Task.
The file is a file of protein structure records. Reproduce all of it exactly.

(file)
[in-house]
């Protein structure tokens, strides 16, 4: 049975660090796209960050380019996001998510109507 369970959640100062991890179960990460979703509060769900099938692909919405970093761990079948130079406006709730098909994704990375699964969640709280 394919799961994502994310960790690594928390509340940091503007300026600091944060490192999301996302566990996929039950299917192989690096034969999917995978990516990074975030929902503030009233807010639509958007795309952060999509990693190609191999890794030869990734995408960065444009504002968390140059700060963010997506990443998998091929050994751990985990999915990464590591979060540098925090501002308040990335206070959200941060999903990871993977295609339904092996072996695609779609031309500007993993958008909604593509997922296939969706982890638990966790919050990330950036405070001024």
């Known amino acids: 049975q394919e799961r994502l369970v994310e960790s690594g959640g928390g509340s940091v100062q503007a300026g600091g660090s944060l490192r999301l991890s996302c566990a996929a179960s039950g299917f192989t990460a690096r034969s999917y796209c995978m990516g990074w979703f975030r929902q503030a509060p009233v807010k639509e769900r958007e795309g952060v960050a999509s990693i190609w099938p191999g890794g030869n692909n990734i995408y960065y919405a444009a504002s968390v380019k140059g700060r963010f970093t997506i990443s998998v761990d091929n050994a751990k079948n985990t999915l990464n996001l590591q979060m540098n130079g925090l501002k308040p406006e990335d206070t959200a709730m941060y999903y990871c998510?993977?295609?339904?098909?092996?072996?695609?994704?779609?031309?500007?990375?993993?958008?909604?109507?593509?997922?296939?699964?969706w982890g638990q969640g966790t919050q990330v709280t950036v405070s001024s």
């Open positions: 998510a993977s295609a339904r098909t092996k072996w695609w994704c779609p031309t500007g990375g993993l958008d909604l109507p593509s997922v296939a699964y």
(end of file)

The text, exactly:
[in-house]
């Protein structure tokens, strides 16, 4: 049975660090796209960050380019996001998510109507 369970959640100062991890179960990460979703509060769900099938692909919405970093761990079948130079406006709730098909994704990375699964969640709280 394919799961994502994310960790690594928390509340940091503007300026600091944060490192999301996302566990996929039950299917192989690096034969999917995978990516990074975030929902503030009233807010639509958007795309952060999509990693190609191999890794030869990734995408960065444009504002968390140059700060963010997506990443998998091929050994751990985990999915990464590591979060540098925090501002308040990335206070959200941060999903990871993977295609339904092996072996695609779609031309500007993993958008909604593509997922296939969706982890638990966790919050990330950036405070001024």
């Known amino acids: 049975q394919e799961r994502l369970v994310e960790s690594g959640g928390g509340s940091v100062q503007a300026g600091g660090s944060l490192r999301l991890s996302c566990a996929a179960s039950g299917f192989t990460a690096r034969s999917y796209c995978m990516g990074w979703f975030r929902q503030a509060p009233v807010k639509e769900r958007e795309g952060v960050a999509s990693i190609w099938p191999g890794g030869n692909n990734i995408y960065y919405a444009a504002s968390v380019k140059g700060r963010f970093t997506i990443s998998v761990d091929n050994a751990k079948n985990t999915l990464n996001l590591q979060m540098n130079g925090l501002k308040p406006e990335d206070t959200a709730m941060y999903y990871c998510?993977?295609?339904?098909?092996?072996?695609?994704?779609?031309?500007?990375?993993?958008?909604?109507?593509?997922?296939?699964?969706w982890g638990q969640g966790t919050q990330v709280t950036v405070s001024s």
């Open positions: 998510a993977s295609a339904r098909t092996k072996w695609w994704c779609p031309t500007g990375g993993l958008d909604l109507p593509s997922v296939a699964y």